Around 300,000 civilians have been pinned by fighting for days in the strategic port of Mariupol in the south-east of the country on the Sea of Azov, without water, food and electricity and where humanitarian aid has not been possible.
To escape the almost constant bombardment, the residents of Mariupol flee into the basement. In this dying city, theft of basic necessities has become a daily practice. Grocery, clothing or furniture theft… It’s so common that locals call the practice “getting a discount,” reports Metro UK. Without running water, the dwellers have only one way to stay hydrated: collect snow and melt it to turn it into drinking water.
“We have no electricity, we have no food, we have no medicine. We have nothing,” Ludmila Amelkina told the British daily. With no electricity or phone service, many Ukrainians only use their car radios to get information. The only channels they receive come from areas controlled by Russian forces or separatists.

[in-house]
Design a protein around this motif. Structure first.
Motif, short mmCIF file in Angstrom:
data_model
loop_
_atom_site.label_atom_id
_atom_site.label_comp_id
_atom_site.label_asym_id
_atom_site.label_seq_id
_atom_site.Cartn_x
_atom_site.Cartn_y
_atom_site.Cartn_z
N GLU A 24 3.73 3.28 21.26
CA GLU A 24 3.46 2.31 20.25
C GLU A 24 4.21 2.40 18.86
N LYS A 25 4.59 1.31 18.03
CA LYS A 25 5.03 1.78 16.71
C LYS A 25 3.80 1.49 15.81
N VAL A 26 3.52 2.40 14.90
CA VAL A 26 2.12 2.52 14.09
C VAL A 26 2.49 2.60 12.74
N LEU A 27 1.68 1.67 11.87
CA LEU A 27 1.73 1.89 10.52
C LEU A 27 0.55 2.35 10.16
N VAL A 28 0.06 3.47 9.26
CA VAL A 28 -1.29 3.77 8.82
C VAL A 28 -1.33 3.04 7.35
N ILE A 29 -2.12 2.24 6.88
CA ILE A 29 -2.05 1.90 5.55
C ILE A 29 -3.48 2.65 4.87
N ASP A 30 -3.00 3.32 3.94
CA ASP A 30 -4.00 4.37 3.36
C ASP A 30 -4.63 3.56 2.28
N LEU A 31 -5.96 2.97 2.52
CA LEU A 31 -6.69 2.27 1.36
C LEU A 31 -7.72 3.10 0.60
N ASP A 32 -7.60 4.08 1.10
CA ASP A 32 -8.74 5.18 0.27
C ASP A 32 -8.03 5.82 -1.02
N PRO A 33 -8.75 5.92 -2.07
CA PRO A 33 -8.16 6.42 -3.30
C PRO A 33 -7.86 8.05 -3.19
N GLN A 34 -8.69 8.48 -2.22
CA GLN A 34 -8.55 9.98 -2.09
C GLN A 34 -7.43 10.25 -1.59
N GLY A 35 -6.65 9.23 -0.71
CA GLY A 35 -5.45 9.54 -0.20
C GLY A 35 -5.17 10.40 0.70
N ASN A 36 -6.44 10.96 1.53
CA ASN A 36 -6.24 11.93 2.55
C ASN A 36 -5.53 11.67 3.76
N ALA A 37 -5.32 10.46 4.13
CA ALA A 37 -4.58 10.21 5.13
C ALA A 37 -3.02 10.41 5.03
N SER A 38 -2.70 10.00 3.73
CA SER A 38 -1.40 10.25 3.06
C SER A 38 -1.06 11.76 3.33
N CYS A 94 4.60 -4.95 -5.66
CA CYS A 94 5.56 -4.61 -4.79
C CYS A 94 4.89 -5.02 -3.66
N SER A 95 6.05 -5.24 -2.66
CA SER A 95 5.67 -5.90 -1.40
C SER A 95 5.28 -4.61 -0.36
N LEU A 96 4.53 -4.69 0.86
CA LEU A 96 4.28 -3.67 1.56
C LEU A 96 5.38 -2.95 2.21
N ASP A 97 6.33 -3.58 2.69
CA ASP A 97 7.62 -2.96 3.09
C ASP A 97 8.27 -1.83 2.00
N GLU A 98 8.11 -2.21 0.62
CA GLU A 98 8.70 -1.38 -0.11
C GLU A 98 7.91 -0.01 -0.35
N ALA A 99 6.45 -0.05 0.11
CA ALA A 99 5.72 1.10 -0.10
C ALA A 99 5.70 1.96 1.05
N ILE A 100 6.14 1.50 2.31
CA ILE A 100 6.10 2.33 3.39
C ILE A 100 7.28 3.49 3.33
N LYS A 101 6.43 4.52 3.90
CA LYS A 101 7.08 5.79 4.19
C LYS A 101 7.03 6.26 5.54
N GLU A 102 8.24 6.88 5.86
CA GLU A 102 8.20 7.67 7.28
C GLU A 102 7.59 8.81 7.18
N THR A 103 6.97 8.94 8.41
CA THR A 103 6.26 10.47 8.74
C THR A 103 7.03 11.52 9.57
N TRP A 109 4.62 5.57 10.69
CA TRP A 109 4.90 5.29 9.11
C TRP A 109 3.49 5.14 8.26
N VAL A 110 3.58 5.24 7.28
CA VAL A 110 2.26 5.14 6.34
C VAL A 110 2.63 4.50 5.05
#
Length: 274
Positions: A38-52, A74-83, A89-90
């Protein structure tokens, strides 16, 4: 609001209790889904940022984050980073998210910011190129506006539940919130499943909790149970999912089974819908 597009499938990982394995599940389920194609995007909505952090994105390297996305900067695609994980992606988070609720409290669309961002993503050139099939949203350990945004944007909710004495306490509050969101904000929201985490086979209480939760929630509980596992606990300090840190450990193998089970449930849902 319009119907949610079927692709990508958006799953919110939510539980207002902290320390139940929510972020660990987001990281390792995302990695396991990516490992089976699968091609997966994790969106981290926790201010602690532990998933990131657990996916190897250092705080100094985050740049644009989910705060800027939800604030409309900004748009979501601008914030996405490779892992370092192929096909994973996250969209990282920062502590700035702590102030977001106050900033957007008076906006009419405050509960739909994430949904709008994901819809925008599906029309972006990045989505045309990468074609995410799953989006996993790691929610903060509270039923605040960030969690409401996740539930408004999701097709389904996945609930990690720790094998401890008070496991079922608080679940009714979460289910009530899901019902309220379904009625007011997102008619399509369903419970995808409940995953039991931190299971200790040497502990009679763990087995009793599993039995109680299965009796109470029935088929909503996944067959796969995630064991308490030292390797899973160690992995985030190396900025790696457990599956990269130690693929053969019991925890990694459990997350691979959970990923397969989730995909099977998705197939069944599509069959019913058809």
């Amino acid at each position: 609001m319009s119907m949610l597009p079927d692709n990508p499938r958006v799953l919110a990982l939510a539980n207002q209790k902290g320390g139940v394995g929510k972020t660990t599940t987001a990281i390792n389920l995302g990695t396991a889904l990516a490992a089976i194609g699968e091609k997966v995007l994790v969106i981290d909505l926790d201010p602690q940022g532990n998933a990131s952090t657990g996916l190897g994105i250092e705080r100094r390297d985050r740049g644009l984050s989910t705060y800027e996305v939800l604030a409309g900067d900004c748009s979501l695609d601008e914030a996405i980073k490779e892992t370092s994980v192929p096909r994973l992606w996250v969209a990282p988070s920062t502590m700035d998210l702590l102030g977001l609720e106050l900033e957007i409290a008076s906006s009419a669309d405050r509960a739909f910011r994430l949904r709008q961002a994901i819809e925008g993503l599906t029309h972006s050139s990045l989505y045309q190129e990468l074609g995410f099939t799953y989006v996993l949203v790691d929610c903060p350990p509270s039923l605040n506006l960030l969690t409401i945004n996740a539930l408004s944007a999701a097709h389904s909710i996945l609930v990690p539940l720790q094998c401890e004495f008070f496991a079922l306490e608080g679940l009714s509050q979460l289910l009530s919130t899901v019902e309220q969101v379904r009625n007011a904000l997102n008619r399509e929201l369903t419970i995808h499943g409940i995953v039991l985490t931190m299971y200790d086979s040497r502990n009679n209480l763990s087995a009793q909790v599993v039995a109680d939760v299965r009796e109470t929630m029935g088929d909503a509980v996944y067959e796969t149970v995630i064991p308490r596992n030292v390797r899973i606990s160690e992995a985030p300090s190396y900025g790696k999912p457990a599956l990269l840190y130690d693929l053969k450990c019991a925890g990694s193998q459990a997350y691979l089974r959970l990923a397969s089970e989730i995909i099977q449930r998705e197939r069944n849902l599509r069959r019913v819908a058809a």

Dead bodies lie on the ground in the streets of the city. If the number of victims could not be confirmed for the time being, local authorities have already planned to dig mass graves to bury their dead.
Several evacuation attempts have failed in Mariupol over the past few days, with both sides blaming each other.
This Wednesday morning, Russians and Ukrainians agreed to set up a series of humanitarian corridors to evacuate civilians from besieged cities. A corridor in the direction of Zaporozhe is planned in the city of Mariupol. However, according to the Ukrainian authorities, the Russians are still preventing evacuation via the agreed corridor. “Mariupol remains under siege. The Russians again prevented residents from leaving the city and humanitarian aid from reaching the city,” Donetsk Region Governor Pavlo Kirilenko said on Facebook.
The capture of this strategically important city would allow the passage between the Russian forces coming from the Crimea, now threatening Mykolaiv further west, and the Separatist and Russian forces in the Donbass (east).